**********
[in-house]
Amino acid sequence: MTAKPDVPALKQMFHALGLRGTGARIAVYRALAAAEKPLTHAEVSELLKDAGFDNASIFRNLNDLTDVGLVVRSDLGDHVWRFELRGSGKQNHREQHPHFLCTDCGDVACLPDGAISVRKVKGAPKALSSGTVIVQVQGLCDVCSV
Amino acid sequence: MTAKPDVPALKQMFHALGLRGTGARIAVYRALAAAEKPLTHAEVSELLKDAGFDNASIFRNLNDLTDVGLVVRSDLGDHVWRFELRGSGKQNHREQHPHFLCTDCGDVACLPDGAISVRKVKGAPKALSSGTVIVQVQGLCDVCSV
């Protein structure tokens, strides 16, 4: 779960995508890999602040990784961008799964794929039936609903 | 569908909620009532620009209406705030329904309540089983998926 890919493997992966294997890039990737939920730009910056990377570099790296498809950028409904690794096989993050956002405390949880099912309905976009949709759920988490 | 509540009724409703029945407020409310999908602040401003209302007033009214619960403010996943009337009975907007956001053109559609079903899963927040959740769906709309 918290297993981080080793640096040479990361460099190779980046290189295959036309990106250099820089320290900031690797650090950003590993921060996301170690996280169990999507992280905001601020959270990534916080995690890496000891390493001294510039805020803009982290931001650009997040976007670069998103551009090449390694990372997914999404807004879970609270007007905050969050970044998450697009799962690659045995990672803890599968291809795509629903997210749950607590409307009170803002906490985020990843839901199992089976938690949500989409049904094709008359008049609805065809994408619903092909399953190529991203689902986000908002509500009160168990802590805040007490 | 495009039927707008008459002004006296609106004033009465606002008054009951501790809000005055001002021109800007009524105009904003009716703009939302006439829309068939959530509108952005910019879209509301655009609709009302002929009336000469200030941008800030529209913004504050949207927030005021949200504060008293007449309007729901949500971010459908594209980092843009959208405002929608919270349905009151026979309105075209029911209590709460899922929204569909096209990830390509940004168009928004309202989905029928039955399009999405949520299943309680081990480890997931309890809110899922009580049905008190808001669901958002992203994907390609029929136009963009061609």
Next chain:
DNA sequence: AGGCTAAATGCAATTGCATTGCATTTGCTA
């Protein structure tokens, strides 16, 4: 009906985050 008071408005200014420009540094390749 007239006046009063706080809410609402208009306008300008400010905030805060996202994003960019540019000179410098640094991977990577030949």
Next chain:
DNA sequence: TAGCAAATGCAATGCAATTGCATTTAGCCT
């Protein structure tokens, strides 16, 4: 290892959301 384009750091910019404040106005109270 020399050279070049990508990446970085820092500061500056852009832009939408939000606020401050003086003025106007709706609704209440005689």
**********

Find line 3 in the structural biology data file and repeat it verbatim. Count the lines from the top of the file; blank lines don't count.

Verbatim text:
Amino acid sequence: MTAKPDVPALKQMFHALGLRGTGARIAVYRALAAAEKPLTHAEVSELLKDAGFDNASIFRNLNDLTDVGLVVRSDLGDHVWRFELRGSGKQNHREQHPHFLCTDCGDVACLPDGAISVRKVKGAPKALSSGTVIVQVQGLCDVCSV